Many customers cashed checks at Portucale Restaurant to launder money, hide income or obtain cash for “under-the-table” payrolls because Abel Rodrigues allegedly did not ask for any identification and would not file proper “currency transaction reports,” or CTRs, for any check or combination of checks exceeding $10,000, as required by federal law.

In return for cashing checks for over $10,000 without scrutiny, customers paid fees of up to 3% percent per check, which exceeds the limit of 2.21% permitted under New Jersey law. Abel Rodrigues allegedly received 1% on each check, and the remainder went to Pucillo. It is alleged that Pucillo in turn provided one-quarter of his fees to Manuel Rodriguez, who shared a portion of his fees up the chain to Alberti, Tuzzo and the Genovese crime family.

In January 2012, Pucillo acquired a check-cashing business in Hialeah, Florida, called I&T Financial Services. It is alleged that he subsequently entered into an agreement to launder and transfer drug money from New York and New Jersey to Florida. The drug traffickers allegedly would deliver cash at Tri-State Check Cashing in Newark. The money then was wired under the fictitious company name “Gold Shiny” to Florida, where it was laundered through I&T Financial’s business accounts and was received by the client, whose identity remained concealed. Pucillo allegedly laundered and transferred $666,000 in this manner, collecting $22,500 in fees on the transactions.

If proven in court and thus true, these mobsters ran an ingenious and very profitable racket. One we came to expect from the Genovese crime family, which is considered the most powerful and well-run mob family in the United States.

The indictment also shows that, for some, it is not just a family in name only, some are just following in the footsteps of a close relative. Like 37-year-old Vincent P. Coppola, son of imprisoned Genovese capo Michael Coppola, who allegedly was part of a network of Genovese associates who ran a multi-million dollar illegal sports gambling enterprise in New Jersey that utilized an off-shore “wire room” in Costa Rica to process bets.

Coppola allegedly was an “agent” who managed sub-agents or package holders, each of whom had a “package” of bettors under him. Agents decide which bettors can open accounts and gamble using the enterprise’s website and toll-free phone number. They also dictate how much a bettor can gamble per game and per week, and monitor the action and balances of the packages they oversee. Eventually, Coppola allegedly gave his sub-agents more complete control of the bettors in their packages. In a single year, in 2011, Coppola’s sub-agents allegedly handled more than $1.7 million in bets, and Coppola and the Genovese crime family – through Alberti and Tuzzo – made more than $400,000 in profits.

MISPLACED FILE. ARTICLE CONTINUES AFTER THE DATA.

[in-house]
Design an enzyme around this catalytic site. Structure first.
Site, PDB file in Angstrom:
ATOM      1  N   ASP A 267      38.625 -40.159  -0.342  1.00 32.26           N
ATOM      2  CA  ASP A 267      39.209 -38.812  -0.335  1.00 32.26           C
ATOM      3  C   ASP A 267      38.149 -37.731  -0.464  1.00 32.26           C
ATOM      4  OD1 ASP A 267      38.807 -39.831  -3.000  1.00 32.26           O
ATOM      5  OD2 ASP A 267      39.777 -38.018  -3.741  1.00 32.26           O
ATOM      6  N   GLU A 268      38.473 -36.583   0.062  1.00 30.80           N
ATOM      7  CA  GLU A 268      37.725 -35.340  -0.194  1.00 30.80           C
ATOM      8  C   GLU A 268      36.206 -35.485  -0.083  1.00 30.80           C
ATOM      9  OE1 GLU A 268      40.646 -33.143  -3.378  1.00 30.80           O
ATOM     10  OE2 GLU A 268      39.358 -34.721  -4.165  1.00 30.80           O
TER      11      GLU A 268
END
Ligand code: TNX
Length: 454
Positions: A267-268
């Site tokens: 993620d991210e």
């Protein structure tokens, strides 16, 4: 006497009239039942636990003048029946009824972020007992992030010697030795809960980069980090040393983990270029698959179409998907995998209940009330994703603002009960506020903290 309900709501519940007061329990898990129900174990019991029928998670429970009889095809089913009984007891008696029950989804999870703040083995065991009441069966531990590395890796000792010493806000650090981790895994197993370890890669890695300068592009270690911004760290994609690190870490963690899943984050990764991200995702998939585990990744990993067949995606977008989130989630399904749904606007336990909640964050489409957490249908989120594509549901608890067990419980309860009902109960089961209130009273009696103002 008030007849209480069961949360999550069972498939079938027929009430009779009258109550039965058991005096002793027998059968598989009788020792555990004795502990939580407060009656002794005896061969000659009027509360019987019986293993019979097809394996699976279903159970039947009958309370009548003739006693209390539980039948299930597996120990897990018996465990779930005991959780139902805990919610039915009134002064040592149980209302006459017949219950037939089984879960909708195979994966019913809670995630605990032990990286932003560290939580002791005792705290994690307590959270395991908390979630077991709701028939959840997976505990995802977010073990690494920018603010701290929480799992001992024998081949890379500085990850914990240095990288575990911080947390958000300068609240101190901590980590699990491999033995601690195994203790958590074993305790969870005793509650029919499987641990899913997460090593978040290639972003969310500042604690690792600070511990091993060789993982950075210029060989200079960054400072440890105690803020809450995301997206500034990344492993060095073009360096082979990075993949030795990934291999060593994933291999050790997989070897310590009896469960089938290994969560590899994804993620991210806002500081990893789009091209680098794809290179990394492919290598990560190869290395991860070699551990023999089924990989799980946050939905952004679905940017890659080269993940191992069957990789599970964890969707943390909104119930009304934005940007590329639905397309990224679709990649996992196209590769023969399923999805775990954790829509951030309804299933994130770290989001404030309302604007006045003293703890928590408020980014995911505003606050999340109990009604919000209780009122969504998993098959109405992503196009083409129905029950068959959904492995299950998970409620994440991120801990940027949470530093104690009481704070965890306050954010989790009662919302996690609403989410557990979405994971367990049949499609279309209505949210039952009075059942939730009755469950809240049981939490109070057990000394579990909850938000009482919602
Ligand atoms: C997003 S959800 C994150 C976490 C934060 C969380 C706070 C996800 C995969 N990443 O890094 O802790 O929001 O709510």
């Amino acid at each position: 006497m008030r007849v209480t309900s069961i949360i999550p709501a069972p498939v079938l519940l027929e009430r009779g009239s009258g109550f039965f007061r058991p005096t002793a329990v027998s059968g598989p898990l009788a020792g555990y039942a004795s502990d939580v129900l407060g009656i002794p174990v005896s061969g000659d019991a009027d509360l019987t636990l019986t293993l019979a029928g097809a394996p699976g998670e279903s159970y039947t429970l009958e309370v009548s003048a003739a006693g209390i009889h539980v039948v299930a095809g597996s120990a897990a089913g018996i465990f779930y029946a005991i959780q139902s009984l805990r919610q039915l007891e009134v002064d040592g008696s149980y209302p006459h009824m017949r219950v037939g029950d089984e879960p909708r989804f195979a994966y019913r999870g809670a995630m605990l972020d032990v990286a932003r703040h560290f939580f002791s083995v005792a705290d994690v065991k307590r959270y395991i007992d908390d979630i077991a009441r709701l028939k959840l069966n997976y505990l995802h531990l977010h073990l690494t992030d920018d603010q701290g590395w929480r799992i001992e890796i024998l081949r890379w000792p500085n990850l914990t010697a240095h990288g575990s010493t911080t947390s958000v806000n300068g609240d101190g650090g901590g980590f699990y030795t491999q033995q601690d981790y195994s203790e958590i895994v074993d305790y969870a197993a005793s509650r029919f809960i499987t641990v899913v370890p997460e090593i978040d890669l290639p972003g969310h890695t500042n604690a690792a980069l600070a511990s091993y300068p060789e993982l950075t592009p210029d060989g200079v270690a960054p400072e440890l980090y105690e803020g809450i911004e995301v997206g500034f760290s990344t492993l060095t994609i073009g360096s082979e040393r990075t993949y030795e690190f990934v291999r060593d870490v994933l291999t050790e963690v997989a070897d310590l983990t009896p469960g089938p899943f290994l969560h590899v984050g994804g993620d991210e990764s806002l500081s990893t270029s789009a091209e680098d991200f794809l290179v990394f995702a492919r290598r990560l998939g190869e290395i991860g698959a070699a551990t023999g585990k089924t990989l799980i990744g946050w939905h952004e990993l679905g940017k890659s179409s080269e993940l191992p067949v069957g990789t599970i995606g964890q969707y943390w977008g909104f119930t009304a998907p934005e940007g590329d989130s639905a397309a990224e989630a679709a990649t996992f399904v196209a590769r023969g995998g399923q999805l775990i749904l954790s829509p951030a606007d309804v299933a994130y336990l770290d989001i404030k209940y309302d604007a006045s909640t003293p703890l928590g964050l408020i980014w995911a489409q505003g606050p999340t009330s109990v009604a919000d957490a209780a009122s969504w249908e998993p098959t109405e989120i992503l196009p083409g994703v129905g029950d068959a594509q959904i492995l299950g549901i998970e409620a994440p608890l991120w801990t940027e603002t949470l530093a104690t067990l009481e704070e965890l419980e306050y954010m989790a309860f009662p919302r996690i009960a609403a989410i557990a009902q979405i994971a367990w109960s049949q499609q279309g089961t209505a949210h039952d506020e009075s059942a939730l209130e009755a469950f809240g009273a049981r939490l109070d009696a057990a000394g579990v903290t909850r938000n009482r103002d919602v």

Off-shore gambling has become a favorite operation among mobsters. A law enforcement source explained why to Gangsters Inc., “The mob is always learning from previous cases and investigations against them. How they got caught, what techniques were used, what informants were used, etc. Some of their lawyers even educate them on the various investigative techniques used and the rule of law. As a result, they are constantly morphing in order to try to outsmart law enforcement. There is so much money in bookmaking which is what it is all about for them. Protecting their “bread and butter” is their big priority. The mob, through these new gambling methods, can now give you the opportunity to gamble in the comfort of your own home. Also, by having you call a toll free telephone number to place bets in Costa Rica, it insures that law enforcement cannot raid the Mafia’s local “wire rooms”. It’s a game of cat and mouse, or in this case, cops and robbers. They are getting smarter, but so is law enforcement.”

Sentiments echoed by Acting Attorney General Hoffman, who said, “We charge that this crew of the Genovese crime family was up to many of the Mafia’s old tricks in New Jersey, including loansharking and illegal gambling, to the tune of millions of dollars. History teaches us that as long as demand exists for illegal loans, illicit gambling, drugs, and other black-market goods and services, organized crime is going to turn a profit by preying on society. Our message to the Mafia is that as long as they do, we’re going to be here to send them to prison.”